Sage, QuickBooks, Xero and FreeAgent are the products I have found very practical for businesses. Their basic standard packages generally range from £10 to £30 per month. For my clients working in aesthetics I have found FreeAgent is taking the lead, with users having no previous accountancy or book-keeping knowledge and finding it easy to use. In my experience, its functionality fits around the modern business; everything can be completed easily on a smartphone, allowing business owners to successfully juggle their life/work balance. There are no additional apps to be purchased to photograph receipts. FreeAgent can also be obtained free when banking with NatWest and is free for all NatWest business account holders. NatWest also offers free business banking for new businesses for 18 months.5

Business and training expenses

As stated on the HMRC’s website; ‘If you’re self-employed, your business will have various running costs. You can deduct some of these costs to work out your taxable profit as long as they’re allowable expenses.

Costs that relate to your business and certain training expenses can be claimed against your business turnover/income as ‘allowable expenses’.

For example, if your turnover is £40,000, and you claim £10,000 in allowable expenses, you only pay tax on the remaining £30,000 – known as your taxable profit.3

According to HMRC, costs you can claim as allowable business expenses include:3

  • Office costs e.g. stationery or phone bills
  • Travel costs e.g. fuel, parking, train or bus fares
  • Clothing expenses e.g. uniforms
  • Staff costs e.g. salaries
  • Things you buy to sell on e.g. stock or raw materials
  • Financial costs e.g. insurance or bank charges
  • Costs of your business premises e.g. heating, lighting, business rates
  • Advertising or marketing e.g. website cost

As most aesthetic practitioners invest in themselves by committing to expensive training courses, it is likely these are directly relevant to your business and are used to keep your current skills updated. This therefore means that the costs for these can be claimed against your income, lowering your tax liability. HMRC states, ‘You can claim allowable business expenses for training that helps you improve the skills and knowledge you use in your business (for example, refresher courses)’. As such, I recommend keeping all your receipts for training and have an accountant double check what training courses are allowable.

All allowable training courses enable you to claim further expenses in relation to the allowable training course; for example, travel costs, and expenses relating to the materials needed for the course. If you are in doubt, please speak to an accountant.

You cannot claim for training courses that help you:3

  • Start a new business
  • Expand into new areas of business, including anything related to your current business

For example, if you were a self-employed dentist and you trained to give botulinum toxin injections, this would NOT be claimable. Yet, if you were a self-employed toxin injector already, and you committed to a CPD course to refresh your skills, then this WOULD be claimable.

Tax return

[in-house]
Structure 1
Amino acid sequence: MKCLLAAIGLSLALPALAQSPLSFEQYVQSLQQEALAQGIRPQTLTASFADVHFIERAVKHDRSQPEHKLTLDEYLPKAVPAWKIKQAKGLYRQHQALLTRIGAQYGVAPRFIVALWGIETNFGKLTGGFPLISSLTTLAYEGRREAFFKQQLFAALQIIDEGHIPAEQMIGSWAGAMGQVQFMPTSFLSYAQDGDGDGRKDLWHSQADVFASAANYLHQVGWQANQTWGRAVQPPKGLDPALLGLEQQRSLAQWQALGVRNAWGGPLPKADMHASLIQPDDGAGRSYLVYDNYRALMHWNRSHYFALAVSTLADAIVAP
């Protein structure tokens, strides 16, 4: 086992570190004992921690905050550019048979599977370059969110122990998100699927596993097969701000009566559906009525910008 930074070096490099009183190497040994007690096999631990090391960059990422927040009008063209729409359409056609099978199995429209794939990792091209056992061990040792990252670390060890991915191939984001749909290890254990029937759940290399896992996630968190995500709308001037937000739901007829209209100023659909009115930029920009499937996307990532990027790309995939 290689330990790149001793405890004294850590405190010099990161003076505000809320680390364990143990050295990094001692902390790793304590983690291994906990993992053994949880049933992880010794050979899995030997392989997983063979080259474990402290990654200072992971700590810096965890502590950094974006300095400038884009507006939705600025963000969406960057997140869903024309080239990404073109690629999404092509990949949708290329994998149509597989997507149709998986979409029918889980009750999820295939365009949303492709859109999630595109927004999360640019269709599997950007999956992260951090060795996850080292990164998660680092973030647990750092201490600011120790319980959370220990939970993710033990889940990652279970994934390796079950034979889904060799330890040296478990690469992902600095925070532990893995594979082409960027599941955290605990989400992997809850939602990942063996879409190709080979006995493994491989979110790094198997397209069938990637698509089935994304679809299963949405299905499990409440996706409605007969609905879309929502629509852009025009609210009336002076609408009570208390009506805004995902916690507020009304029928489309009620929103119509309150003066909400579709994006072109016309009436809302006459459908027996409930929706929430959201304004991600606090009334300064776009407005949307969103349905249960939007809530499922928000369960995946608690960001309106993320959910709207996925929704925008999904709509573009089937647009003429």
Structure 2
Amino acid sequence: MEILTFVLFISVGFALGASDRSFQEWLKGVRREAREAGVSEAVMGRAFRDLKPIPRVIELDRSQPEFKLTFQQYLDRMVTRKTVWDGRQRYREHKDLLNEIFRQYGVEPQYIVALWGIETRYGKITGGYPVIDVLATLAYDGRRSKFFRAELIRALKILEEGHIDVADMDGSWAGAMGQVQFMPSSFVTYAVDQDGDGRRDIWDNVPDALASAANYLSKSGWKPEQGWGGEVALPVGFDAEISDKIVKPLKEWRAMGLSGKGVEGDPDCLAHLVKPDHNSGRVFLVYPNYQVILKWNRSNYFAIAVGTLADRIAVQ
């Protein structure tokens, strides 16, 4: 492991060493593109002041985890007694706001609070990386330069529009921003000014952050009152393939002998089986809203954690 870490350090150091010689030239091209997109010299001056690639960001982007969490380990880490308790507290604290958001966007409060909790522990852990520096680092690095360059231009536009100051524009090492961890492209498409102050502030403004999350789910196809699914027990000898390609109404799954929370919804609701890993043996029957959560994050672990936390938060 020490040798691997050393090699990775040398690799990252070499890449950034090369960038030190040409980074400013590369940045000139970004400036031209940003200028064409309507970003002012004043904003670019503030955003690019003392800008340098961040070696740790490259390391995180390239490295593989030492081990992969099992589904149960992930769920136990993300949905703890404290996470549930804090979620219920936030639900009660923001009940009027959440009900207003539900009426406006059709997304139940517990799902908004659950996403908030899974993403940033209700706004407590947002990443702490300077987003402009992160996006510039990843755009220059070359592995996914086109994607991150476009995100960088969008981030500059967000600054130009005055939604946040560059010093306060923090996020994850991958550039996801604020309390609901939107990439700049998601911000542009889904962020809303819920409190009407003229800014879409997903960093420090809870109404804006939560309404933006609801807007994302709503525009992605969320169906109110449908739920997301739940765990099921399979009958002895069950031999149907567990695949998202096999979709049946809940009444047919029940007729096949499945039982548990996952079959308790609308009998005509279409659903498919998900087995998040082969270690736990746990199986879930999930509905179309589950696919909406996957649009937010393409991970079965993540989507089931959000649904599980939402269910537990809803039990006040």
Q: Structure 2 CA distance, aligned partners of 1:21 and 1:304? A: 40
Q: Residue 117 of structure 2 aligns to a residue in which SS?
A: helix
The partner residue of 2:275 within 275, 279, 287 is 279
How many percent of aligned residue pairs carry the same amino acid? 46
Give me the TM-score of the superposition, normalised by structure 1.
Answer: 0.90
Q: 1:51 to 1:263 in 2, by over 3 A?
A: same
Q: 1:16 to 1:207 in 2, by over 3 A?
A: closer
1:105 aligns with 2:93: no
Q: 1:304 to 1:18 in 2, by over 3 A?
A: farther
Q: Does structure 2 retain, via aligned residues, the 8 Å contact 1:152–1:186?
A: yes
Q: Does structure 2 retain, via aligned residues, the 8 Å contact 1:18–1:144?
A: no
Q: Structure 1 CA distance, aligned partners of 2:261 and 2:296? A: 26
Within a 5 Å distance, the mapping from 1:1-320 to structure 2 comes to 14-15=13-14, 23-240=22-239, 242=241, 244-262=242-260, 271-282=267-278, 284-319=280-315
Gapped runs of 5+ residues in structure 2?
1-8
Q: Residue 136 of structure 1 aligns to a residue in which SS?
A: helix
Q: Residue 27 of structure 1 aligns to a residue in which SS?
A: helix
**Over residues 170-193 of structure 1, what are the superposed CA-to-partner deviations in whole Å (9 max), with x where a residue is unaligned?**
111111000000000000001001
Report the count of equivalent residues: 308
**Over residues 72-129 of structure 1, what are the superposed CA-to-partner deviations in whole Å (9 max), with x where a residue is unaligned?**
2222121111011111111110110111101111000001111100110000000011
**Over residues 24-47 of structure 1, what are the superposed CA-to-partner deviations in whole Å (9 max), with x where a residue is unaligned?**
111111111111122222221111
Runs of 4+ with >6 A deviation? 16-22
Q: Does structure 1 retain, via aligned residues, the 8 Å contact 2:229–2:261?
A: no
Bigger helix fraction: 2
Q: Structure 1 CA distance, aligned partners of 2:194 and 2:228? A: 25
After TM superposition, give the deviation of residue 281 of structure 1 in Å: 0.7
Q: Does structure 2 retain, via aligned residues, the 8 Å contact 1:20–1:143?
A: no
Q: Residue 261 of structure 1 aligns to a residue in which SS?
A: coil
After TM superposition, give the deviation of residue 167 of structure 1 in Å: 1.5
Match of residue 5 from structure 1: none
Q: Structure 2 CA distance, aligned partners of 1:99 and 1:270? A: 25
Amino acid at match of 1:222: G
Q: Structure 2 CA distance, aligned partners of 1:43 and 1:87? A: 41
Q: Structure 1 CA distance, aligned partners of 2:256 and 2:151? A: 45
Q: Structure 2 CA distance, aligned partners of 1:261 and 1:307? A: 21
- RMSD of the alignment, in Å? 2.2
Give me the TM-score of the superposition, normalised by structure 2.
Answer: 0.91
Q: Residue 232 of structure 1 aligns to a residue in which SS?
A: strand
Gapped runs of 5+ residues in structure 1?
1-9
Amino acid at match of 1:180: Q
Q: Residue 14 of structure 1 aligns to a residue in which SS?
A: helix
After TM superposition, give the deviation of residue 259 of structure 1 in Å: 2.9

Once you have your expenses and income recorded for the tax year, you will need to complete an annual self-assessment tax return. Self-assessment is to calculate your personal tax liability including income tax, Class 2 and 4 national insurance (NI) and capital gains tax for the tax year.

  • Income Tax for the 2019/20 tax year is calculated on profits after the £12,500 personal tax allowance has been disregarded. Any profits remaining after deducting the personal allowance will be taxed at 20% from £0 to £37,500, 40% from £37,501 to £137,500, then any after will be taxed at 45%. If your total income exceeds £100,000 your personal allowance is tapered down by £1 for every £2 until £125,000, when you will no longer receive a personal allowance.
  • Class 2 NI at £3 per week for the 2019/20 tax year. You only need to pay Class 2 NI if your annual profits are above £6,365. However, you can make voluntary contributions to maintain your national insurance record. 
  • Class 4 NI at 9% on profits between £8,632 and £50,000, reducing to 2% on profits over £50,000 for the 2019/20 tax year.

The deadline to complete your tax return is January 31 every year unless you prepare a paper return which is due by October 31 following the end of the tax year. Therefore, for the tax year that ended April 5 2019, if you are completing your tax return online, you will need to submit and pay all tax by January 31, 2020.

It is common for most businesses to make a loss in the first years of trading. A trading loss occurs when the business outgoings are more than the business income. For example, if a business made £40,000 in income but paid out £50,000 to make that income, the business would have a loss of £10,000.

This loss can be recorded on your tax return. If you are employed and have paid tax during the tax year, this loss can be allocated against the tax paid on your employment income, potentially resulting in a tax refund.

Alternatively, if you have made a loss and are not employed or have not paid tax in the tax year, the loss can be carried forward into the following next three tax years to be netted off against any future profits, potentially resulting in reducing your future tax liabilities.1 For further reading on tax losses I would recommend reading the free resources at HMRC or LITRG.

Summary

My recommendations for self-employed aesthetics practitioners who are new to the industry are to firstly begin with registering for self-assessment as soon as possible and open a separate business bank account. You should always keep records of all business income and expenditure and find a user friendly (HMRC compliant) accounting software/app to assist you. Understanding and managing tax doesn’t need to be difficult, there are plenty of free resources available that can help you and everything is becoming much similar with the new Making Tax Digital processes.

References